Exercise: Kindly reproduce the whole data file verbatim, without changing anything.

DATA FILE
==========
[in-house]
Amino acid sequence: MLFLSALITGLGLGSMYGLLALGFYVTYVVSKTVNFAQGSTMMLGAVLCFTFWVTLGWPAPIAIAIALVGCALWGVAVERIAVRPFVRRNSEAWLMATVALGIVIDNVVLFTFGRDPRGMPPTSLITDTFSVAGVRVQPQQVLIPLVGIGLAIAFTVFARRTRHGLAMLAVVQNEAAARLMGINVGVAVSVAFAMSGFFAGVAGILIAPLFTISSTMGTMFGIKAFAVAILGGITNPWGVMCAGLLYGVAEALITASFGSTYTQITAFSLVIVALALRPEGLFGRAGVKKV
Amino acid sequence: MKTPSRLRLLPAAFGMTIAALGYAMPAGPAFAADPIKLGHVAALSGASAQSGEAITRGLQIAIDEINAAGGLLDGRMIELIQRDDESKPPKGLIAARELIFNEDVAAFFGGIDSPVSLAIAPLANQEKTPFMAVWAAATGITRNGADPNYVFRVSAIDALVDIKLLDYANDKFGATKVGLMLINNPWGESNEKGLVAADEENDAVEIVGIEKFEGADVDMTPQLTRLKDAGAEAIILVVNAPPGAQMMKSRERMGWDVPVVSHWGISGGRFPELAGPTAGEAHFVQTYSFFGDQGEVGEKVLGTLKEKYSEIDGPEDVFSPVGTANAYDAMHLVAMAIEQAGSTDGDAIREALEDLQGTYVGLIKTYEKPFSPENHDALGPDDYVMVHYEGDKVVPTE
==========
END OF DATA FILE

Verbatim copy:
[in-house]
Amino acid sequence: MLFLSALITGLGLGSMYGLLALGFYVTYVVSKTVNFAQGSTMMLGAVLCFTFWVTLGWPAPIAIAIALVGCALWGVAVERIAVRPFVRRNSEAWLMATVALGIVIDNVVLFTFGRDPRGMPPTSLITDTFSVAGVRVQPQQVLIPLVGIGLAIAFTVFARRTRHGLAMLAVVQNEAAARLMGINVGVAVSVAFAMSGFFAGVAGILIAPLFTISSTMGTMFGIKAFAVAILGGITNPWGVMCAGLLYGVAEALITASFGSTYTQITAFSLVIVALALRPEGLFGRAGVKKV
Amino acid sequence: MKTPSRLRLLPAAFGMTIAALGYAMPAGPAFAADPIKLGHVAALSGASAQSGEAITRGLQIAIDEINAAGGLLDGRMIELIQRDDESKPPKGLIAARELIFNEDVAAFFGGIDSPVSLAIAPLANQEKTPFMAVWAAATGITRNGADPNYVFRVSAIDALVDIKLLDYANDKFGATKVGLMLINNPWGESNEKGLVAADEENDAVEIVGIEKFEGADVDMTPQLTRLKDAGAEAIILVVNAPPGAQMMKSRERMGWDVPVVSHWGISGGRFPELAGPTAGEAHFVQTYSFFGDQGEVGEKVLGTLKEKYSEIDGPEDVFSPVGTANAYDAMHLVAMAIEQAGSTDGDAIREALEDLQGTYVGLIKTYEKPFSPENHDALGPDDYVMVHYEGDKVVPTE